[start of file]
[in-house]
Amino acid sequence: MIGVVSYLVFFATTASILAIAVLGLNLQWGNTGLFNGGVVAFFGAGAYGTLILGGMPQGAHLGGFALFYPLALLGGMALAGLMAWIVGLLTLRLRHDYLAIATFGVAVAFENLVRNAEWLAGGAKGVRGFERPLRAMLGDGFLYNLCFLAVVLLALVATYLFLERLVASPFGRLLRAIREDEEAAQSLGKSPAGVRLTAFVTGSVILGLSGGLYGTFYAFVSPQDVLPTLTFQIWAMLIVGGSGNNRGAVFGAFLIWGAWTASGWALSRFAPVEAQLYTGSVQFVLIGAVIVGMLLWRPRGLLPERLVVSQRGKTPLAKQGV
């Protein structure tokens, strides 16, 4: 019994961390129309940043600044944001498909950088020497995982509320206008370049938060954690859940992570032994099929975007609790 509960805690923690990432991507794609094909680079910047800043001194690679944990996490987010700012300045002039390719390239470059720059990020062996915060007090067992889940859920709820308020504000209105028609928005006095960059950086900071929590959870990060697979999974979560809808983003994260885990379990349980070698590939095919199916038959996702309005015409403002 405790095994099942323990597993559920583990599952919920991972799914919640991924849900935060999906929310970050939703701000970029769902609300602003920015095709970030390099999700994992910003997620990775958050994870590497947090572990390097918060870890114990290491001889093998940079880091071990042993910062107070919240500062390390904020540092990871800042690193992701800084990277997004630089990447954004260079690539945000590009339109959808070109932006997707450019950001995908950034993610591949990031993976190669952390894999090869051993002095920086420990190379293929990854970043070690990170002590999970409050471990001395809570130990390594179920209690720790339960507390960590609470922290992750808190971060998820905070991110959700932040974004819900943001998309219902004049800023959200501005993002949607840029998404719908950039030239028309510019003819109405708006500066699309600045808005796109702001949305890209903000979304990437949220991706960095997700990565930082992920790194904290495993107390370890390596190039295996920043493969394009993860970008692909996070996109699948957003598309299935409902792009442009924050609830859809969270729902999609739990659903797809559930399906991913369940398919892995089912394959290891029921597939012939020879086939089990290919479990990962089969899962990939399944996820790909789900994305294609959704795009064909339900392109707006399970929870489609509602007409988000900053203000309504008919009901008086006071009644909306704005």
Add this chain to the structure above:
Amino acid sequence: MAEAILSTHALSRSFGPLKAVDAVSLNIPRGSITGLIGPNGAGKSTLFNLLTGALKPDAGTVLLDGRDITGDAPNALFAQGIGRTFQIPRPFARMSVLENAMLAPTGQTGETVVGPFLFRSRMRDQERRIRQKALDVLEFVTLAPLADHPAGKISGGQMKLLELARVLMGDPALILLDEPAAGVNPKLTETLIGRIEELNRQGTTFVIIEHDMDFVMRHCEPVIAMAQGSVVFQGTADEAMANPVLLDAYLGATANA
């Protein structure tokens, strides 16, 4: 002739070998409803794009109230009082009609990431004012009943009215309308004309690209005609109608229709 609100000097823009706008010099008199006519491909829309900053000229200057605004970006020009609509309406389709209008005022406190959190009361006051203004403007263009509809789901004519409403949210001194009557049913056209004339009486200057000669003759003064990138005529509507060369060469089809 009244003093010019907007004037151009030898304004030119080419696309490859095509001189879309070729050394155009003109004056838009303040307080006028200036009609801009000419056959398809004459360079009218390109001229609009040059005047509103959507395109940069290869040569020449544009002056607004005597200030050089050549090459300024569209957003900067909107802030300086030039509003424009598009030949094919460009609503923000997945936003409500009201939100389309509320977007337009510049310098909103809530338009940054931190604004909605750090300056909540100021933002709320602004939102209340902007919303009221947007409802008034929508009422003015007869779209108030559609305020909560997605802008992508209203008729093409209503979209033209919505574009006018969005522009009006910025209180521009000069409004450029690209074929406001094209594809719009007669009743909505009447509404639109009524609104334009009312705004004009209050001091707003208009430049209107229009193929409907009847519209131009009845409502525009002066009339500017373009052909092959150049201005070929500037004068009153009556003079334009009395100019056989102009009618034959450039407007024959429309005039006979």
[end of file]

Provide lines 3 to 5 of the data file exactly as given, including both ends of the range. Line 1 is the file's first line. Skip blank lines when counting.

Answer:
């Protein structure tokens, strides 16, 4: 019994961390129309940043600044944001498909950088020497995982509320206008370049938060954690859940992570032994099929975007609790 509960805690923690990432991507794609094909680079910047800043001194690679944990996490987010700012300045002039390719390239470059720059990020062996915060007090067992889940859920709820308020504000209105028609928005006095960059950086900071929590959870990060697979999974979560809808983003994260885990379990349980070698590939095919199916038959996702309005015409403002 405790095994099942323990597993559920583990599952919920991972799914919640991924849900935060999906929310970050939703701000970029769902609300602003920015095709970030390099999700994992910003997620990775958050994870590497947090572990390097918060870890114990290491001889093998940079880091071990042993910062107070919240500062390390904020540092990871800042690193992701800084990277997004630089990447954004260079690539945000590009339109959808070109932006997707450019950001995908950034993610591949990031993976190669952390894999090869051993002095920086420990190379293929990854970043070690990170002590999970409050471990001395809570130990390594179920209690720790339960507390960590609470922290992750808190971060998820905070991110959700932040974004819900943001998309219902004049800023959200501005993002949607840029998404719908950039030239028309510019003819109405708006500066699309600045808005796109702001949305890209903000979304990437949220991706960095997700990565930082992920790194904290495993107390370890390596190039295996920043493969394009993860970008692909996070996109699948957003598309299935409902792009442009924050609830859809969270729902999609739990659903797809559930399906991913369940398919892995089912394959290891029921597939012939020879086939089990290919479990990962089969899962990939399944996820790909789900994305294609959704795009064909339900392109707006399970929870489609509602007409988000900053203000309504008919009901008086006071009644909306704005």
Add this chain to the structure above:
Amino acid sequence: MAEAILSTHALSRSFGPLKAVDAVSLNIPRGSITGLIGPNGAGKSTLFNLLTGALKPDAGTVLLDGRDITGDAPNALFAQGIGRTFQIPRPFARMSVLENAMLAPTGQTGETVVGPFLFRSRMRDQERRIRQKALDVLEFVTLAPLADHPAGKISGGQMKLLELARVLMGDPALILLDEPAAGVNPKLTETLIGRIEELNRQGTTFVIIEHDMDFVMRHCEPVIAMAQGSVVFQGTADEAMANPVLLDAYLGATANA